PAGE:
Should Britain be driving on the right?

September 7, 2009

SAMOA/Much to their annoyance, Samoans are having to get used to driving on the left from this week.

The switch is the idea of Prime Minister Tuilaepa Sailele Malielegaoi, who says it will be more economical for Samoans to buy new and used cars from Pacific neighbours Australia and New Zealand.

It is the first time for some 40 years since a country has switched driving sides — Sweden made the change in the late 1960s.

The (possibly untrue) story was told at the time of the transport minister of an African country that was also thinking of switching, who was asked how he planned to make the change from left to right. He answered: “gradually.”

Britain looked at the idea of conforming with Europe after Sweden’s move but the logistics were so forbidding that nothing ever came of it. Apart from changing all the road signs, there were huge problems with motorway junctions, changing the side of bus doors, switching traffic lights and so on. It would have cost billions.

But the idea of Britons being able to take their cars through the Channel tunnel and seamlessly join the continental road system without having to have the front-seat passenger as a white-knuckle advisor on potentially fatal overtaking decisions remains attractive to many.

Do you think Britain missed the boat? Should we have made the switch to driving on the right? Could we still?


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Hmm. The continent is a long way away. I can’t see the point in going there at all, never mind driving my own car. I always found it more economic to fly, then hire a car.

Posted by Richard Downing | Report as abusive

No we shouldn’t – my steering wheel is on teh right for a start and that would make overtaking at speed and the associated accelerated burning of fossil fuels extremely dangerous!!!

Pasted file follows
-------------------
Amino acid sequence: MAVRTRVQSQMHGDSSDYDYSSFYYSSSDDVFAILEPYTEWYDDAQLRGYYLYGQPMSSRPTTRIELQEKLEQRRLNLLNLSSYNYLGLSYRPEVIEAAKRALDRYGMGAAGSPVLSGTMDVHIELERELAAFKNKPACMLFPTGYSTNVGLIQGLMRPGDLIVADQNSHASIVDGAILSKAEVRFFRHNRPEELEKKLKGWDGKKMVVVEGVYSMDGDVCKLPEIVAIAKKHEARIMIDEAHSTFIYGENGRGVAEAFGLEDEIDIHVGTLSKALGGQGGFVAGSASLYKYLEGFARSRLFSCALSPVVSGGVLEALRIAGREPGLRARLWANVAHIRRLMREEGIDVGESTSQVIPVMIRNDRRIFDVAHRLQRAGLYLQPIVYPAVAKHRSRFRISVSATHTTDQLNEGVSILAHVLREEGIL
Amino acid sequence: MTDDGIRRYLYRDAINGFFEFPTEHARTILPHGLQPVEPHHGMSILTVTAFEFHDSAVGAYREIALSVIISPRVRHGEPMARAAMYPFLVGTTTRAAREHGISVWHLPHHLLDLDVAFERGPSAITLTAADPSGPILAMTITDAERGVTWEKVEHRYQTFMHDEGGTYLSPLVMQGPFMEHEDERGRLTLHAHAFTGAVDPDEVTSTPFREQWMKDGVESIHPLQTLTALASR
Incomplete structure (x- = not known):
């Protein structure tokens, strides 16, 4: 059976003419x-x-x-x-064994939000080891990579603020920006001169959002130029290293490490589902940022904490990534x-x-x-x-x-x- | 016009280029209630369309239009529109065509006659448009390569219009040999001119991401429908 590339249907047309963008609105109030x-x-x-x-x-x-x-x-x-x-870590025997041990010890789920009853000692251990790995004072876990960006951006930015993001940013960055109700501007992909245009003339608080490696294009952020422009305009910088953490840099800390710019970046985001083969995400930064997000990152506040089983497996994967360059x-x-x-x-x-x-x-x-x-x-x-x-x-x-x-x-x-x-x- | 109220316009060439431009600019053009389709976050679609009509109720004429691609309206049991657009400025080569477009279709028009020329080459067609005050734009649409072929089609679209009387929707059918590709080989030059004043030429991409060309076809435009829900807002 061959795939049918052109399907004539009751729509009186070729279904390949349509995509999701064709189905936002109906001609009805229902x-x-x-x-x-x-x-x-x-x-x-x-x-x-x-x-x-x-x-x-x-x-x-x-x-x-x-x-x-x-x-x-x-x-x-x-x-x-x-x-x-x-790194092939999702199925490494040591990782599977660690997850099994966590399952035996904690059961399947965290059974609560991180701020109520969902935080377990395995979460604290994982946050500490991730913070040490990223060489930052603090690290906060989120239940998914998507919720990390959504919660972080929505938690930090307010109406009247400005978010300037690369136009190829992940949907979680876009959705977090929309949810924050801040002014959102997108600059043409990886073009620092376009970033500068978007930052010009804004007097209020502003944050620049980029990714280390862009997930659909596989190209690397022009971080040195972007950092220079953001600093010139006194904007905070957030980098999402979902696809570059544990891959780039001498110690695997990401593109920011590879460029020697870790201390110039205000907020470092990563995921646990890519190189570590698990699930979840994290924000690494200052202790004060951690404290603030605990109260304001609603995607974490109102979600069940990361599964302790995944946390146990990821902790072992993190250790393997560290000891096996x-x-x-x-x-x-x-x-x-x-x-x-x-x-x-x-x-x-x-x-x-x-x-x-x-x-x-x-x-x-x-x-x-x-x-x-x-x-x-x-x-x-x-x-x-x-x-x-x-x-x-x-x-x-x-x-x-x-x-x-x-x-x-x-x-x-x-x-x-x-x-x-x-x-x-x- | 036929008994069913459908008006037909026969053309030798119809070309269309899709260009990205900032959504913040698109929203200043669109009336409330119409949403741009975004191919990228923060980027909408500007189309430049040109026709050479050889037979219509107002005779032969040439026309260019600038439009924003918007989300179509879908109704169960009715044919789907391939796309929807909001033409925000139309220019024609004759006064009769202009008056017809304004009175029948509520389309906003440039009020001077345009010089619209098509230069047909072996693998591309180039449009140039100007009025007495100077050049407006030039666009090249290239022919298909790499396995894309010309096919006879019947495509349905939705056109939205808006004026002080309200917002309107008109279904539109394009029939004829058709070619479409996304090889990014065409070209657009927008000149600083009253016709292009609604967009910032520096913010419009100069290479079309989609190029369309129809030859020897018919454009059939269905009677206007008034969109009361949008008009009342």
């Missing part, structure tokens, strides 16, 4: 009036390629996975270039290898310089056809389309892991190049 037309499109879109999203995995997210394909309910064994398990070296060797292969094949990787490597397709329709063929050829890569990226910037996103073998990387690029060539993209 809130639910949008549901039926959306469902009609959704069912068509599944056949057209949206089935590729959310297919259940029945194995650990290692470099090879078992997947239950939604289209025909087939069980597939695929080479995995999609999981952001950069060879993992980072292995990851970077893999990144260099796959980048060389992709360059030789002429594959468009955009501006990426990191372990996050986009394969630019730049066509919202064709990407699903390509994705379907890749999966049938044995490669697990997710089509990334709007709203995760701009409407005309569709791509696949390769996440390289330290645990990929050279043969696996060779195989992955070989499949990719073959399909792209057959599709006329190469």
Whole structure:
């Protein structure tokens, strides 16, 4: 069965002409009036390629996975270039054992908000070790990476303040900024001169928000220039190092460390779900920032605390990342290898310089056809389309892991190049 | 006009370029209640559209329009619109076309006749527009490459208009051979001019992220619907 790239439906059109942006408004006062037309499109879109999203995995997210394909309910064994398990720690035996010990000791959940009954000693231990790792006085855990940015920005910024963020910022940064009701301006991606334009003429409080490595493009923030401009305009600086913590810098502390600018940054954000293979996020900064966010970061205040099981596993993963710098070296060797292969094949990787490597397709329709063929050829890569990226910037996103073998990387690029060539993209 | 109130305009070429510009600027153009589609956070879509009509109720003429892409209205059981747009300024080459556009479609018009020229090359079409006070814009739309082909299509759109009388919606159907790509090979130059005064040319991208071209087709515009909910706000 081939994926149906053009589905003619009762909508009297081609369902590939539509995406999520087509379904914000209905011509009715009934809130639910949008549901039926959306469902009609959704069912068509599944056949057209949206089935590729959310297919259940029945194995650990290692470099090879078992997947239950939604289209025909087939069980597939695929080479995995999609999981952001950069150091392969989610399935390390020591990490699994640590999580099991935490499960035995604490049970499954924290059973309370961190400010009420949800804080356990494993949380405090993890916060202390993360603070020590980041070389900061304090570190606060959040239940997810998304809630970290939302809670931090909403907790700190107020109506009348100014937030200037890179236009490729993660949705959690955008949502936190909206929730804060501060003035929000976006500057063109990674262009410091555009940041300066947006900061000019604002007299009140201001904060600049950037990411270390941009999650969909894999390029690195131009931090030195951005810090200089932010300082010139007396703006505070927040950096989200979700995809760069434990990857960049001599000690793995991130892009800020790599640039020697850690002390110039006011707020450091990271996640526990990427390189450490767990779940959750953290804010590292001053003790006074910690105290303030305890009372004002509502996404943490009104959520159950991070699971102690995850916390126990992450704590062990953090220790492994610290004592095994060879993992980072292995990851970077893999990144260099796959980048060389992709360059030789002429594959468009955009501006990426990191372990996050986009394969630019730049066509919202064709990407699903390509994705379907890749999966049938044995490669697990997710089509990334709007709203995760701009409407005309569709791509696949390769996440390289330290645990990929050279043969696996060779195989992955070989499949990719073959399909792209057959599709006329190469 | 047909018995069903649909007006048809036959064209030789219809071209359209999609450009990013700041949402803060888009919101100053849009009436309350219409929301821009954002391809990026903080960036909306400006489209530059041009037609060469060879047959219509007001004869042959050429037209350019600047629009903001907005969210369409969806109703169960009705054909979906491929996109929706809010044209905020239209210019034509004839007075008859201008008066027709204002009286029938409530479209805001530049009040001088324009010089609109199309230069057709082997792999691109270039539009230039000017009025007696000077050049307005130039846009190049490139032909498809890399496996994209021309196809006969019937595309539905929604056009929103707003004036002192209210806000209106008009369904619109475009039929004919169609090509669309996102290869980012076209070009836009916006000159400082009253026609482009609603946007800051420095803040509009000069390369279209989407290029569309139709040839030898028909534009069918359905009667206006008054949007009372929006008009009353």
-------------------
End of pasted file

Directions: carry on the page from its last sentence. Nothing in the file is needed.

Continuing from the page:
Posted by Ian J | Report as abusive

Having driven in most countries in the world,I found that driving in the shade was the most comfortable.

Posted by John McQuiggin | Report as abusive

Didn’t studies in the 60s show driving on the left had considerably lower accident rates? Forget the details but it might have been because most people are right handed and can get to keep that hand on the steering wheel continuously.

Posted by Roger | Report as abusive

Anyone who can’t drive safely on either side of the road in any vehicle depending on the country they’re in shouldn’t be driving in the first place.

Posted by Matthew | Report as abusive

Britain must keep driving on the left as long as Japan does (in order to keep the costs of well-engineered right-hand-drive cars down). It is also a great way of avoiding the influx of some of the battier continental idiosyncracies – priorité a droite, for one.

Posted by Andrew Muir | Report as abusive

Surely the answer is to develop cars that have controls that can be interchangeable allowing the current infrastructure to remain intact at no cost to those who don’t travel abroad.
Those who want to travel abroad may simply adapt their vehicles if and when they need to.
Martin P

Posted by Martin Pickard | Report as abusive

I would imagine that as most countries drive on the left it might as well stay there. ANd the other letter about using the right hand to hold the steering wheel is sensible too.
You thought everyone drove on the right!!!!!????? Come to ASIA.

Posted by tim | Report as abusive

Re tim – most countries don’t drive on the left, about 75 countries drive on the left & about 165 drive on the left. The two big continents making the bulk of the roads US & Europe drive on the right. But as for Britain, its best to stay left as the cost of switching & our taxes going up is unthinkable!

Posted by Dilip | Report as abusive